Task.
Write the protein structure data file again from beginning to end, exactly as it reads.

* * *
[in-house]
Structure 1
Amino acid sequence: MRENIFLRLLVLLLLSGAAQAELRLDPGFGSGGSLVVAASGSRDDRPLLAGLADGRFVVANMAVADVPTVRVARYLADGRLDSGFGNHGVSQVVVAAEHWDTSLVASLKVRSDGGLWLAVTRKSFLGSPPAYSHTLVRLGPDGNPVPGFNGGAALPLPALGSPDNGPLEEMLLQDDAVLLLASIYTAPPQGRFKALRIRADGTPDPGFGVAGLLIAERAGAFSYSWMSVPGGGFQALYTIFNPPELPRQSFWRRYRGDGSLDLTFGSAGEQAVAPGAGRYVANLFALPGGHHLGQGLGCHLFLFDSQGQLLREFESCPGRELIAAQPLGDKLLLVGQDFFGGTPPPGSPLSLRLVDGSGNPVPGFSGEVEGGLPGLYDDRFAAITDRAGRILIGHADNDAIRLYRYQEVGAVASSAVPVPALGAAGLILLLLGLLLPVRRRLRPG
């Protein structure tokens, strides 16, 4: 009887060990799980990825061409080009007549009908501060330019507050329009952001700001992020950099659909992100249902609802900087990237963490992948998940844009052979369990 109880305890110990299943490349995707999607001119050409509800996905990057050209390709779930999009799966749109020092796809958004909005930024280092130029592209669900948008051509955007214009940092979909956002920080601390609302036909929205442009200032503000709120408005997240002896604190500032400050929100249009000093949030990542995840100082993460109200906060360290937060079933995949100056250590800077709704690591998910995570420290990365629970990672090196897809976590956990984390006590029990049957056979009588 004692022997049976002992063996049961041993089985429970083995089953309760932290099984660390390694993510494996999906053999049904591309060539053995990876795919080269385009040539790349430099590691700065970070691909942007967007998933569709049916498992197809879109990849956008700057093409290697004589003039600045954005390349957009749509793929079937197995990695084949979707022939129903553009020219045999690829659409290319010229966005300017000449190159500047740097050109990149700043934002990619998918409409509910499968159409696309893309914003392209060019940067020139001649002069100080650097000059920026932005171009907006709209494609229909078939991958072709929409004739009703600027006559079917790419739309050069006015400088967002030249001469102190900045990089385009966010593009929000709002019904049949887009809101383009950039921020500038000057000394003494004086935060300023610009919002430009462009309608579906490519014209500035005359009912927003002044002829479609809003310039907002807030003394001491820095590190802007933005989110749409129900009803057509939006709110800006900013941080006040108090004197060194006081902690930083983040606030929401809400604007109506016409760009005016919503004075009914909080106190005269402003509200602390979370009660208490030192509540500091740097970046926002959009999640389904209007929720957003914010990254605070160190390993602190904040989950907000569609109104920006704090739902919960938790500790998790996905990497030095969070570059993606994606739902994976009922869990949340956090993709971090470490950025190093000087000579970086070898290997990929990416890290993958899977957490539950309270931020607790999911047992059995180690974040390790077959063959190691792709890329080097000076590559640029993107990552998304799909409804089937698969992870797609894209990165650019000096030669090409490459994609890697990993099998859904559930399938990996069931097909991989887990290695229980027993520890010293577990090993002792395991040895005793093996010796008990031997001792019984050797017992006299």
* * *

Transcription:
[in-house]
Structure 1
Amino acid sequence: MRENIFLRLLVLLLLSGAAQAELRLDPGFGSGGSLVVAASGSRDDRPLLAGLADGRFVVANMAVADVPTVRVARYLADGRLDSGFGNHGVSQVVVAAEHWDTSLVASLKVRSDGGLWLAVTRKSFLGSPPAYSHTLVRLGPDGNPVPGFNGGAALPLPALGSPDNGPLEEMLLQDDAVLLLASIYTAPPQGRFKALRIRADGTPDPGFGVAGLLIAERAGAFSYSWMSVPGGGFQALYTIFNPPELPRQSFWRRYRGDGSLDLTFGSAGEQAVAPGAGRYVANLFALPGGHHLGQGLGCHLFLFDSQGQLLREFESCPGRELIAAQPLGDKLLLVGQDFFGGTPPPGSPLSLRLVDGSGNPVPGFSGEVEGGLPGLYDDRFAAITDRAGRILIGHADNDAIRLYRYQEVGAVASSAVPVPALGAAGLILLLLGLLLPVRRRLRPG
């Protein structure tokens, strides 16, 4: 009887060990799980990825061409080009007549009908501060330019507050329009952001700001992020950099659909992100249902609802900087990237963490992948998940844009052979369990 109880305890110990299943490349995707999607001119050409509800996905990057050209390709779930999009799966749109020092796809958004909005930024280092130029592209669900948008051509955007214009940092979909956002920080601390609302036909929205442009200032503000709120408005997240002896604190500032400050929100249009000093949030990542995840100082993460109200906060360290937060079933995949100056250590800077709704690591998910995570420290990365629970990672090196897809976590956990984390006590029990049957056979009588 004692022997049976002992063996049961041993089985429970083995089953309760932290099984660390390694993510494996999906053999049904591309060539053995990876795919080269385009040539790349430099590691700065970070691909942007967007998933569709049916498992197809879109990849956008700057093409290697004589003039600045954005390349957009749509793929079937197995990695084949979707022939129903553009020219045999690829659409290319010229966005300017000449190159500047740097050109990149700043934002990619998918409409509910499968159409696309893309914003392209060019940067020139001649002069100080650097000059920026932005171009907006709209494609229909078939991958072709929409004739009703600027006559079917790419739309050069006015400088967002030249001469102190900045990089385009966010593009929000709002019904049949887009809101383009950039921020500038000057000394003494004086935060300023610009919002430009462009309608579906490519014209500035005359009912927003002044002829479609809003310039907002807030003394001491820095590190802007933005989110749409129900009803057509939006709110800006900013941080006040108090004197060194006081902690930083983040606030929401809400604007109506016409760009005016919503004075009914909080106190005269402003509200602390979370009660208490030192509540500091740097970046926002959009999640389904209007929720957003914010990254605070160190390993602190904040989950907000569609109104920006704090739902919960938790500790998790996905990497030095969070570059993606994606739902994976009922869990949340956090993709971090470490950025190093000087000579970086070898290997990929990416890290993958899977957490539950309270931020607790999911047992059995180690974040390790077959063959190691792709890329080097000076590559640029993107990552998304799909409804089937698969992870797609894209990165650019000096030669090409490459994609890697990993099998859904559930399938990996069931097909991989887990290695229980027993520890010293577990090993002792395991040895005793093996010796008990031997001792019984050797017992006299």